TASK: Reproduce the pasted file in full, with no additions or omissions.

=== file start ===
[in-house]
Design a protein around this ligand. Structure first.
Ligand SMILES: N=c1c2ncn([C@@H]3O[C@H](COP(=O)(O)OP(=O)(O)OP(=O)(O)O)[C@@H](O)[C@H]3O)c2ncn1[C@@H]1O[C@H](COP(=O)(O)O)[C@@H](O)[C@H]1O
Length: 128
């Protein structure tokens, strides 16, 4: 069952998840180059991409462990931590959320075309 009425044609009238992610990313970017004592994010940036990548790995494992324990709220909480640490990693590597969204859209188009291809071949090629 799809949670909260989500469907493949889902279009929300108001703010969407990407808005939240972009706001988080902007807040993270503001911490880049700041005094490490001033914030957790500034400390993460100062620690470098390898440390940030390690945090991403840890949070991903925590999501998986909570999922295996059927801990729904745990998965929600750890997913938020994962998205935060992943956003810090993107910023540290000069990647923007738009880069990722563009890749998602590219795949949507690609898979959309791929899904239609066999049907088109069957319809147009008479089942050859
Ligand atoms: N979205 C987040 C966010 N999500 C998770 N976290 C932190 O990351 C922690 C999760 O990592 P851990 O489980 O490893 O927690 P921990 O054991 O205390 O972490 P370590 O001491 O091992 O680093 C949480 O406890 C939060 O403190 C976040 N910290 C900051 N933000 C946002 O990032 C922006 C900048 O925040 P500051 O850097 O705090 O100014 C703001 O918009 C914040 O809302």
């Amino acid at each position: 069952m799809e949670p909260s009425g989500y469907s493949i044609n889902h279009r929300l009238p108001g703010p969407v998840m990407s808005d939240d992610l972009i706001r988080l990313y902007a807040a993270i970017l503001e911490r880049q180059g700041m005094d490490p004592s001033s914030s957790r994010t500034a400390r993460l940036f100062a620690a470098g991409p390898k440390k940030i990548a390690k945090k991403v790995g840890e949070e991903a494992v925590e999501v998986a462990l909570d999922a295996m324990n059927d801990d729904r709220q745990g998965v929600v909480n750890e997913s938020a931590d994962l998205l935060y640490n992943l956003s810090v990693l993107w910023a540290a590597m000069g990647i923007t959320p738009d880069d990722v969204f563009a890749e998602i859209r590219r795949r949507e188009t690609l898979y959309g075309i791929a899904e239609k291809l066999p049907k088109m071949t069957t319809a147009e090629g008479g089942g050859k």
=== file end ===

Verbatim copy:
[in-house]
Design a protein around this ligand. Structure first.
Ligand SMILES: N=c1c2ncn([C@@H]3O[C@H](COP(=O)(O)OP(=O)(O)OP(=O)(O)O)[C@@H](O)[C@H]3O)c2ncn1[C@@H]1O[C@H](COP(=O)(O)O)[C@@H](O)[C@H]1O
Length: 128
């Protein structure tokens, strides 16, 4: 069952998840180059991409462990931590959320075309 009425044609009238992610990313970017004592994010940036990548790995494992324990709220909480640490990693590597969204859209188009291809071949090629 799809949670909260989500469907493949889902279009929300108001703010969407990407808005939240972009706001988080902007807040993270503001911490880049700041005094490490001033914030957790500034400390993460100062620690470098390898440390940030390690945090991403840890949070991903925590999501998986909570999922295996059927801990729904745990998965929600750890997913938020994962998205935060992943956003810090993107910023540290000069990647923007738009880069990722563009890749998602590219795949949507690609898979959309791929899904239609066999049907088109069957319809147009008479089942050859
Ligand atoms: N979205 C987040 C966010 N999500 C998770 N976290 C932190 O990351 C922690 C999760 O990592 P851990 O489980 O490893 O927690 P921990 O054991 O205390 O972490 P370590 O001491 O091992 O680093 C949480 O406890 C939060 O403190 C976040 N910290 C900051 N933000 C946002 O990032 C922006 C900048 O925040 P500051 O850097 O705090 O100014 C703001 O918009 C914040 O809302």
């Amino acid at each position: 069952m799809e949670p909260s009425g989500y469907s493949i044609n889902h279009r929300l009238p108001g703010p969407v998840m990407s808005d939240d992610l972009i706001r988080l990313y902007a807040a993270i970017l503001e911490r880049q180059g700041m005094d490490p004592s001033s914030s957790r994010t500034a400390r993460l940036f100062a620690a470098g991409p390898k440390k940030i990548a390690k945090k991403v790995g840890e949070e991903a494992v925590e999501v998986a462990l909570d999922a295996m324990n059927d801990d729904r709220q745990g998965v929600v909480n750890e997913s938020a931590d994962l998205l935060y640490n992943l956003s810090v990693l993107w910023a540290a590597m000069g990647i923007t959320p738009d880069d990722v969204f563009a890749e998602i859209r590219r795949r949507e188009t690609l898979y959309g075309i791929a899904e239609k291809l066999p049907k088109m071949t069957t319809a147009e090629g008479g089942g050859k």